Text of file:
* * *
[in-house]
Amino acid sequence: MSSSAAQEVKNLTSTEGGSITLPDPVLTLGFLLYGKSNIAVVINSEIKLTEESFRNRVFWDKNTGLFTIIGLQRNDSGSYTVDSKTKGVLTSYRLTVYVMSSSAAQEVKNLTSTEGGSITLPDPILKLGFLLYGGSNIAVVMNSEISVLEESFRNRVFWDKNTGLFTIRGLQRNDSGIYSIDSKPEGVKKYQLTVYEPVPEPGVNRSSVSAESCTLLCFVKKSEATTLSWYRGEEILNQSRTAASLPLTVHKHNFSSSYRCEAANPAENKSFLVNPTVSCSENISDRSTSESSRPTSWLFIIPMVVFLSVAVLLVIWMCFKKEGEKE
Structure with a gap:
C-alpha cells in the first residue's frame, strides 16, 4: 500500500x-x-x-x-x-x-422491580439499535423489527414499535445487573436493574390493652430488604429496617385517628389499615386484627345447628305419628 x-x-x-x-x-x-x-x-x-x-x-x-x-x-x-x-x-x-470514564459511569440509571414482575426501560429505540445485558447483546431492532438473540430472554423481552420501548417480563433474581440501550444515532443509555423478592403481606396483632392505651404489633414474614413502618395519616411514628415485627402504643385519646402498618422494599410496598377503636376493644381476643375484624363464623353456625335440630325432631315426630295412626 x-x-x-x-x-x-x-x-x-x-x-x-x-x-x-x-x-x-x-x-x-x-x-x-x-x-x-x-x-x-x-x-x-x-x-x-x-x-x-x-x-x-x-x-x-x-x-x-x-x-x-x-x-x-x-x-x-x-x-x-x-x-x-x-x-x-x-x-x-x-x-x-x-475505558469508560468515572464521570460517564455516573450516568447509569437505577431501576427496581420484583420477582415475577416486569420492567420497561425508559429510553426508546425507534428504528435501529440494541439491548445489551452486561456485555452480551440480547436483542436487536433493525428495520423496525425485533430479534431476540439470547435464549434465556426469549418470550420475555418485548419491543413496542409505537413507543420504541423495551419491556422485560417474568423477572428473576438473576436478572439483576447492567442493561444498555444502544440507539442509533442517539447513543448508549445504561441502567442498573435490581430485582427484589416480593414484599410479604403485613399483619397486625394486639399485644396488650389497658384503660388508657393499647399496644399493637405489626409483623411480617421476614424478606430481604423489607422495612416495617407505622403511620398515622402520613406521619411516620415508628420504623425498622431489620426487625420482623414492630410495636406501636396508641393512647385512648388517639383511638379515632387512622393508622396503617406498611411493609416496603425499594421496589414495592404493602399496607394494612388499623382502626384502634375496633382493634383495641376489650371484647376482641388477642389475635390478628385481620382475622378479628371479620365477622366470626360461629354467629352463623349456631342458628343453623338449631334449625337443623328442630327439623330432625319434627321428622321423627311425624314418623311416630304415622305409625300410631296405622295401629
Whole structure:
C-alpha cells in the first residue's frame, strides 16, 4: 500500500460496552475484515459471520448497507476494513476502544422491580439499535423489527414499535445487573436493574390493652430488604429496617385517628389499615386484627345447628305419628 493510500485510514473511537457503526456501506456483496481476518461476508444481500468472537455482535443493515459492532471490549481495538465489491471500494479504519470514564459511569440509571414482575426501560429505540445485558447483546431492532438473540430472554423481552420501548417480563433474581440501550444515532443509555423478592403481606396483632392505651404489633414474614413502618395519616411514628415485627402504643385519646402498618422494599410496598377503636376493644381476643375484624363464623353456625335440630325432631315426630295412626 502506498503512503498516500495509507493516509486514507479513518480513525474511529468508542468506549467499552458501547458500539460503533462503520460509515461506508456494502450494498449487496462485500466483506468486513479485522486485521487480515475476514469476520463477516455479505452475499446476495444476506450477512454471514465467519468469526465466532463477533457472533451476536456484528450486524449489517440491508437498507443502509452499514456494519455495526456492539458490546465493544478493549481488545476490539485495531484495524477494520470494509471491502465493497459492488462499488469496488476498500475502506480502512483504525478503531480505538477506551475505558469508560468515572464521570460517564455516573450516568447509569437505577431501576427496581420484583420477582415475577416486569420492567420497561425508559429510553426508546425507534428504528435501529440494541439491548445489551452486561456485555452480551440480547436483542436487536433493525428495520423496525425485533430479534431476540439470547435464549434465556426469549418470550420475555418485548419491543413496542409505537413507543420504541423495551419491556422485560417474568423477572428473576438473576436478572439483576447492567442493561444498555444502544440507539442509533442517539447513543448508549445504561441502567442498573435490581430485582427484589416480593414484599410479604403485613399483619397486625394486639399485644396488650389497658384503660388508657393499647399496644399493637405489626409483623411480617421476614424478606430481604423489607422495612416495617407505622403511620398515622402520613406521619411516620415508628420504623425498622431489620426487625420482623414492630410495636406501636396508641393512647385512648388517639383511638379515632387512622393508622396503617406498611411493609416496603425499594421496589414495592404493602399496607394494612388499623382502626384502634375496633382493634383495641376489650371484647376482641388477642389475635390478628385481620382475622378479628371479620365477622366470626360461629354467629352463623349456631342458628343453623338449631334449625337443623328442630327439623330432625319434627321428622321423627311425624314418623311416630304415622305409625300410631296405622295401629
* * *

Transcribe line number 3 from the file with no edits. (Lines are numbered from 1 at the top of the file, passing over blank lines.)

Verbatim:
Structure with a gap: